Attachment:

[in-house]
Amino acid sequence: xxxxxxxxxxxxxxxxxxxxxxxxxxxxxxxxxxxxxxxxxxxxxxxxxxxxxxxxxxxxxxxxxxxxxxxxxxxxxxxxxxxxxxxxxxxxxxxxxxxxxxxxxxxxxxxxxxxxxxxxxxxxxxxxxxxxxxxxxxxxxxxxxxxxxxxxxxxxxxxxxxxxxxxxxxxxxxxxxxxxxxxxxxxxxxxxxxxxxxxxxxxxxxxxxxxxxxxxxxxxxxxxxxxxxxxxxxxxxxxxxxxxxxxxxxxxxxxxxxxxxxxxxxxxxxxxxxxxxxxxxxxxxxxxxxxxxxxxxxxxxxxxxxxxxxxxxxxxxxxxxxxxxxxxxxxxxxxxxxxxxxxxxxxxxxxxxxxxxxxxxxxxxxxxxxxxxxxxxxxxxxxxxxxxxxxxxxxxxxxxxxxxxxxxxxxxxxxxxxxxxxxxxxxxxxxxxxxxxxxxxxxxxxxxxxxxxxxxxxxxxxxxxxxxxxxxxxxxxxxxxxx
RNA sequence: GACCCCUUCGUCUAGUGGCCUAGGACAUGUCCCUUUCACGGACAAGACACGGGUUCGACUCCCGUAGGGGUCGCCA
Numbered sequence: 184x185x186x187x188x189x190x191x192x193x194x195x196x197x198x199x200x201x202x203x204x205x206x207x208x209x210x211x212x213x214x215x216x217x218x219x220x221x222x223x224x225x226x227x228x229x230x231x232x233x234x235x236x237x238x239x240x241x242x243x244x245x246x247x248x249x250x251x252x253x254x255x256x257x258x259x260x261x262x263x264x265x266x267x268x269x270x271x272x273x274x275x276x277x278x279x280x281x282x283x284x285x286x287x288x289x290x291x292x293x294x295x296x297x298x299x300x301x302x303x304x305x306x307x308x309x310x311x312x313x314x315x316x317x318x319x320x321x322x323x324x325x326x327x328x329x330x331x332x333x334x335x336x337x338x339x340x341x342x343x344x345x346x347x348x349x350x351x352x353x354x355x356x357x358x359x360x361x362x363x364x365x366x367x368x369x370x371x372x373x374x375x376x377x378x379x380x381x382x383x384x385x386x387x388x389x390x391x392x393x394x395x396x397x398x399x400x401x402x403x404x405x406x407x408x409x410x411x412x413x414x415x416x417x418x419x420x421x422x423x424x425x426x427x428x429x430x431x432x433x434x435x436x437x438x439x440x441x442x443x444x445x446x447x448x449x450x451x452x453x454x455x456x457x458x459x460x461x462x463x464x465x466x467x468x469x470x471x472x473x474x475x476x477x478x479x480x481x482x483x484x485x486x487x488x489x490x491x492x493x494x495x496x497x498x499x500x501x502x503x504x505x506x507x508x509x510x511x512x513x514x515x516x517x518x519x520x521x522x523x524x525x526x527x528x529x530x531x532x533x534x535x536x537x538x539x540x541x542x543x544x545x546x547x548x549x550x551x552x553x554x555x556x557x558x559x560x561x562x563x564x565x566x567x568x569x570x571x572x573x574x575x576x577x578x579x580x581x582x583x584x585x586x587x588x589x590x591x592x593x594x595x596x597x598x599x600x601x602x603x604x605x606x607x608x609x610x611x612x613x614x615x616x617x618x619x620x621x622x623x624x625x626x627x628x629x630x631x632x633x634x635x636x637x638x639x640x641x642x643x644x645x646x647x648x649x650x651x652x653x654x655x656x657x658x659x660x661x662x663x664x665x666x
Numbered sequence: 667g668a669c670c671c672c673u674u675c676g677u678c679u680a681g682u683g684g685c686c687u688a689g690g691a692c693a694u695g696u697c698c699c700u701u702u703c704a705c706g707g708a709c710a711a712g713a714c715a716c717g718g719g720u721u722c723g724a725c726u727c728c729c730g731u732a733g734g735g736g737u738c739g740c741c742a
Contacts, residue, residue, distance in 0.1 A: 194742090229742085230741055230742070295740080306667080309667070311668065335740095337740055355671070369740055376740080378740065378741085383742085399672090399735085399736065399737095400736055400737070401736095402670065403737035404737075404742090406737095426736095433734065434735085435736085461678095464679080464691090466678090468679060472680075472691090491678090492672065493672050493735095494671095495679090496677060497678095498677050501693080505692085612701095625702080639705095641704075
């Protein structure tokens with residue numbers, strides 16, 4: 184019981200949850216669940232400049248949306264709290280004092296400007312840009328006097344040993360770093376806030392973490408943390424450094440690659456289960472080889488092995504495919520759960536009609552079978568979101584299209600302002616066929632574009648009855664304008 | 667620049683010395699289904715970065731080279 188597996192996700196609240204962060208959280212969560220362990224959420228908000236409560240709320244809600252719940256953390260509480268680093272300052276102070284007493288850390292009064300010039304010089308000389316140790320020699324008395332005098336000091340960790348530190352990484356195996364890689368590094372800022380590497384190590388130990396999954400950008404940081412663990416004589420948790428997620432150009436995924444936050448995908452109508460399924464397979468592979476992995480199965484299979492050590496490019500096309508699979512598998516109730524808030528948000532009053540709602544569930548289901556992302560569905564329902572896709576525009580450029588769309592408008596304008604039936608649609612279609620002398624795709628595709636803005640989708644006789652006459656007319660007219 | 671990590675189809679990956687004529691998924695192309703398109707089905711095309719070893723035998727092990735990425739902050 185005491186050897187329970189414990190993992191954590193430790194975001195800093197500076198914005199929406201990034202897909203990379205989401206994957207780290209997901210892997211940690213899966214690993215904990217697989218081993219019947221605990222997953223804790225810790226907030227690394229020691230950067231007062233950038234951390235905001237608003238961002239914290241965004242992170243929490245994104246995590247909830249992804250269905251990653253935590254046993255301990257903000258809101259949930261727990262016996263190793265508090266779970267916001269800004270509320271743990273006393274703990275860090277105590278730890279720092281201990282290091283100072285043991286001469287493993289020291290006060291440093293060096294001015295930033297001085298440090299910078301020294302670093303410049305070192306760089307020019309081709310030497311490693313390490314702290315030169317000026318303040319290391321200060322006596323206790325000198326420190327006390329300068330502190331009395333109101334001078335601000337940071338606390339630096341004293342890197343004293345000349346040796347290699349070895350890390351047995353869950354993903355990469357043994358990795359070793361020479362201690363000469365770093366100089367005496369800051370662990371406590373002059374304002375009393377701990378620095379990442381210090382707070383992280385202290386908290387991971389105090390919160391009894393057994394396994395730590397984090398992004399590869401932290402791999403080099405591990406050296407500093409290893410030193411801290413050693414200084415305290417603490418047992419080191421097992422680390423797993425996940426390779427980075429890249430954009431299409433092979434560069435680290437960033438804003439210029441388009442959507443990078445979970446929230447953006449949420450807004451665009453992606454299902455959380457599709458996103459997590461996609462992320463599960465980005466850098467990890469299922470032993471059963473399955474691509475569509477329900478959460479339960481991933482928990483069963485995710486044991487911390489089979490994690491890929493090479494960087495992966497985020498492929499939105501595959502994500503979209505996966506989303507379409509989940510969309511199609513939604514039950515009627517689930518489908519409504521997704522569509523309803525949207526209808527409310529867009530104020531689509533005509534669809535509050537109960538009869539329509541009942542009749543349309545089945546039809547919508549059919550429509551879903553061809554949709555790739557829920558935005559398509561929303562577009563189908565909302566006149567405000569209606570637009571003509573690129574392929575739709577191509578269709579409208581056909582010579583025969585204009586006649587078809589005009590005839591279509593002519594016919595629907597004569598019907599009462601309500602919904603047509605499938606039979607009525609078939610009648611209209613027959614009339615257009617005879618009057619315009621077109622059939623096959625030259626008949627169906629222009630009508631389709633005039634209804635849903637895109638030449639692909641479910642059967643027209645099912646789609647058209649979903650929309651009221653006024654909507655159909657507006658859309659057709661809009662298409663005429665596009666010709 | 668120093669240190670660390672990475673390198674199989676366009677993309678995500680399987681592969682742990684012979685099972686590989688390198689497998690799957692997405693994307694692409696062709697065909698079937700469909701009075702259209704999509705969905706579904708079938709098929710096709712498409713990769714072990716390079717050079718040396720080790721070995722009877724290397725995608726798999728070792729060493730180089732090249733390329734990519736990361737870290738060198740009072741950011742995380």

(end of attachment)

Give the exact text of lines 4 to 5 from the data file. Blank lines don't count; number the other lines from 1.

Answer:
Numbered sequence: 184x185x186x187x188x189x190x191x192x193x194x195x196x197x198x199x200x201x202x203x204x205x206x207x208x209x210x211x212x213x214x215x216x217x218x219x220x221x222x223x224x225x226x227x228x229x230x231x232x233x234x235x236x237x238x239x240x241x242x243x244x245x246x247x248x249x250x251x252x253x254x255x256x257x258x259x260x261x262x263x264x265x266x267x268x269x270x271x272x273x274x275x276x277x278x279x280x281x282x283x284x285x286x287x288x289x290x291x292x293x294x295x296x297x298x299x300x301x302x303x304x305x306x307x308x309x310x311x312x313x314x315x316x317x318x319x320x321x322x323x324x325x326x327x328x329x330x331x332x333x334x335x336x337x338x339x340x341x342x343x344x345x346x347x348x349x350x351x352x353x354x355x356x357x358x359x360x361x362x363x364x365x366x367x368x369x370x371x372x373x374x375x376x377x378x379x380x381x382x383x384x385x386x387x388x389x390x391x392x393x394x395x396x397x398x399x400x401x402x403x404x405x406x407x408x409x410x411x412x413x414x415x416x417x418x419x420x421x422x423x424x425x426x427x428x429x430x431x432x433x434x435x436x437x438x439x440x441x442x443x444x445x446x447x448x449x450x451x452x453x454x455x456x457x458x459x460x461x462x463x464x465x466x467x468x469x470x471x472x473x474x475x476x477x478x479x480x481x482x483x484x485x486x487x488x489x490x491x492x493x494x495x496x497x498x499x500x501x502x503x504x505x506x507x508x509x510x511x512x513x514x515x516x517x518x519x520x521x522x523x524x525x526x527x528x529x530x531x532x533x534x535x536x537x538x539x540x541x542x543x544x545x546x547x548x549x550x551x552x553x554x555x556x557x558x559x560x561x562x563x564x565x566x567x568x569x570x571x572x573x574x575x576x577x578x579x580x581x582x583x584x585x586x587x588x589x590x591x592x593x594x595x596x597x598x599x600x601x602x603x604x605x606x607x608x609x610x611x612x613x614x615x616x617x618x619x620x621x622x623x624x625x626x627x628x629x630x631x632x633x634x635x636x637x638x639x640x641x642x643x644x645x646x647x648x649x650x651x652x653x654x655x656x657x658x659x660x661x662x663x664x665x666x
Numbered sequence: 667g668a669c670c671c672c673u674u675c676g677u678c679u680a681g682u683g684g685c686c687u688a689g690g691a692c693a694u695g696u697c698c699c700u701u702u703c704a705c706g707g708a709c710a711a712g713a714c715a716c717g718g719g720u721u722c723g724a725c726u727c728c729c730g731u732a733g734g735g736g737u738c739g740c741c742a